2. If you have young children or are elderly, have close ties somewhere but are living far away from them in a community that you are not invested in.  Not everyone has people (family biological or chosen) who will give you a place at the table, thin the soup to make it stretch, let you sleep on their couch and otherwise cover your back.  But if you do, recognize that these people are the beginnings of your tribe. Not all of us have tribes in one place – and some of us have multiple tribes.  But if you aren’t rooted where you are in some deep way, if you live there primarily for a job, and you can get back to your people think about it seriously.

The people who will most need the support of their family are young families themselves struggling to make do and older people who may need some help.  Sometimes these peopel are related to one another ;-) .  Not all family is good, not every friendship can go this far, but if you have these ties, they matter, and they are essential.

 3. If you have children or parents you need to care for far away.  Again, this is ymmv, but if you are going to be dealing with your parents’ decline, or if you don’t have custody of your kids but want to spend time on them, you need to set it up in a way that doesn’t make anyone rely on airline or other expensive long distance travel.  That means that if they don’t come to you, you go to them. It was once perfectly viable to live across the country from your kids, and say, have them spend summers with you – it may no longer be viable.  I realize this will be enormously painful and disruptive to families, but if you are the resource for people very far away over the longer term, you need to find a way to be closer to one another, or accept that you may not be able to take on that role.

 4. If you live in an extreme climate, likely to become more extreme with climate change, but you are not particularly and unusually well adapted to it.  That is, unless we check climate change, which at this point seems unlikely, if highly desirable, at some point, many places are going to be uninhabitable for many of the people who presently live there.  Some may become literally uninhabitable over time, but more likely, what we’ll see is that small populations, extremely well adapted to their environment, and extremely attuned to it, become native to many places as long as they are even marginally inhabitable.  But the question is, are you one of them?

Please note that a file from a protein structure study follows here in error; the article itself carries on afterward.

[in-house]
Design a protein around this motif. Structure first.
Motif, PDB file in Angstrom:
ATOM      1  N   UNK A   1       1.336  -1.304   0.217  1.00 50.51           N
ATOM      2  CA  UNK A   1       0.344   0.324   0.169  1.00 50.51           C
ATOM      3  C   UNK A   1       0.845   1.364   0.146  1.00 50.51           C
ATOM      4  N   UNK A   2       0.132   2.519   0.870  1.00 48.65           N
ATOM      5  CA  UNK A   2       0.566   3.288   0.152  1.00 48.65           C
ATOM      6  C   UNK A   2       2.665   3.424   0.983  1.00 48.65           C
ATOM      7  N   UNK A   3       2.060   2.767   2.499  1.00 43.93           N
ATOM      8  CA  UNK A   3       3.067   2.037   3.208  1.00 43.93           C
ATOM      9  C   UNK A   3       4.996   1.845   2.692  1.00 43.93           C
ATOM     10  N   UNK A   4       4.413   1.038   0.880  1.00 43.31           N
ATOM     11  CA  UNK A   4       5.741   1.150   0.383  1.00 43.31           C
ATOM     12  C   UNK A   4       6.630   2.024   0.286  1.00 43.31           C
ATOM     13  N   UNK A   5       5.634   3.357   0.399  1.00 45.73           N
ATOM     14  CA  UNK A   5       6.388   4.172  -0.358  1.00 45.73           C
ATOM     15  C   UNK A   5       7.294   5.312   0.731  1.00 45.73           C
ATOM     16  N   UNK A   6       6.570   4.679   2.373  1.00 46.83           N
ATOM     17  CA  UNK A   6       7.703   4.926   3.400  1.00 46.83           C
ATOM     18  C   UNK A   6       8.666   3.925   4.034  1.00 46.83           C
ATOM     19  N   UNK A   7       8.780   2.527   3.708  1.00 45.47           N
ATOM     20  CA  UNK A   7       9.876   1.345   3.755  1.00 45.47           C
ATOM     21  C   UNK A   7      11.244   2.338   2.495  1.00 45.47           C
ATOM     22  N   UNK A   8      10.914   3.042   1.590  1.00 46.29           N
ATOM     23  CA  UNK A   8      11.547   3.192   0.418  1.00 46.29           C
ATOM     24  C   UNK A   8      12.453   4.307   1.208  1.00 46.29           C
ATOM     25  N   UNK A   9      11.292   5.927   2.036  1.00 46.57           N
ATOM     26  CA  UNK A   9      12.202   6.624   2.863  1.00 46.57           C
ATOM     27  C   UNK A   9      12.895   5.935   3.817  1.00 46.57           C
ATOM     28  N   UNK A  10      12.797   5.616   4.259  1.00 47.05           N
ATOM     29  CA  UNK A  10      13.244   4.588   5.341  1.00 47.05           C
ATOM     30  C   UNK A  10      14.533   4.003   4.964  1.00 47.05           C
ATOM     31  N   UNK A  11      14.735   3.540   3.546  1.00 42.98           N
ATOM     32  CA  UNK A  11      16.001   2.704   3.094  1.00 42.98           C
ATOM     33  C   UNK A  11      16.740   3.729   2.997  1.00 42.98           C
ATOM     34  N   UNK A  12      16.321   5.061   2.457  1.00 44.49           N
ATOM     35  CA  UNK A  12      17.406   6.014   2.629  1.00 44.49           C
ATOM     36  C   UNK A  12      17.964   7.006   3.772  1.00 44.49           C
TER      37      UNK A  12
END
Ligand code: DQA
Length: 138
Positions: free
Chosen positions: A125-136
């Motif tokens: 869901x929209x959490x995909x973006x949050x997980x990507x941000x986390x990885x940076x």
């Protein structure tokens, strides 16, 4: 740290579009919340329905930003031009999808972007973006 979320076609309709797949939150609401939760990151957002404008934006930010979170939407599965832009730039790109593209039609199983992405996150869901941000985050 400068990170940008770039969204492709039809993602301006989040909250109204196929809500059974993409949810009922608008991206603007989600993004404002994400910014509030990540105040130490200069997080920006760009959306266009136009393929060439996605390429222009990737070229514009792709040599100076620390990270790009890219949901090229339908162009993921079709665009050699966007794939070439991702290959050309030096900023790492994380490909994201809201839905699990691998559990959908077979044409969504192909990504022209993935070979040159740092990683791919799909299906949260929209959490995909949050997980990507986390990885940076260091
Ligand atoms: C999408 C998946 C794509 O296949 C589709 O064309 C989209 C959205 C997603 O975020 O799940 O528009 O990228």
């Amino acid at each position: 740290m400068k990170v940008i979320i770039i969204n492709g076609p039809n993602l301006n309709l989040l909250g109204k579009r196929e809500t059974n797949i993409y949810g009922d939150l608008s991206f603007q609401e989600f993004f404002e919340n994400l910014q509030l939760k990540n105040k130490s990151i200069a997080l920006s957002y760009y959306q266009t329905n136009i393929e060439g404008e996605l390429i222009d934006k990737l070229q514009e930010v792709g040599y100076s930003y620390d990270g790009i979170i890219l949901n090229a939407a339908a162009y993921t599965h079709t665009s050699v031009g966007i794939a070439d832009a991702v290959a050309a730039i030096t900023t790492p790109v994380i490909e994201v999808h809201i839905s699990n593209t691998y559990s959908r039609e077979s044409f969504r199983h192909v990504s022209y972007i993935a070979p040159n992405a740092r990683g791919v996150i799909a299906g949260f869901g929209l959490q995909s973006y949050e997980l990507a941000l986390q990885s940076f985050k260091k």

That is, if you live in a very hot, dry place, and are an expert desert farmer, gifted at retaining and using every drop of water prudently, and comfortable living without lots of input or air conditioning, and happy to live on the diet that grows there well, great, you and your descendents will probably do very well there if anyone does.  But if you are fond of long showers, keep the a/c on six months a year and think that hamburgers are a right, you might want to think about somewhere else.  Moreover, if you need income from the sale of your house, you might want to think about it sooner, rather than later, because there will probably come a point at which the number of people who want to live there declines dramatically, and it will be even tougher to sell than it is now.  Now even if some places do become uninhabitable, they probably won’t do so immediately - you might well be able to live out your life where you are.  But remember that it will probably become gradually and increasingly hard – the summers will be worse, the storms will be stronger, the ice pack will be smaller.  Are you prepared to be that adaptable?   

5. If you live among people with lousy values.  I’m on the record saying that most of us can probably get along in most places with at least some people. I don’t think everyone in your town has to be like you, or that ecovillages are the only way to find community. That said, however, there are exceptions.  And even if you can find some small community in a larger culture of rotten values, you may find that it wears you down. 

 Thus, if your neighborhood is chronically ridden with violence and crime, maybe it is a good idea to fight it – but maybe you’d be better off somewhere else.  If you bought in a gated community full of self-centered rich assholes, and now you regret it because they are pissed about your garden, sometimes, if you can, living somewhere else might be nicer.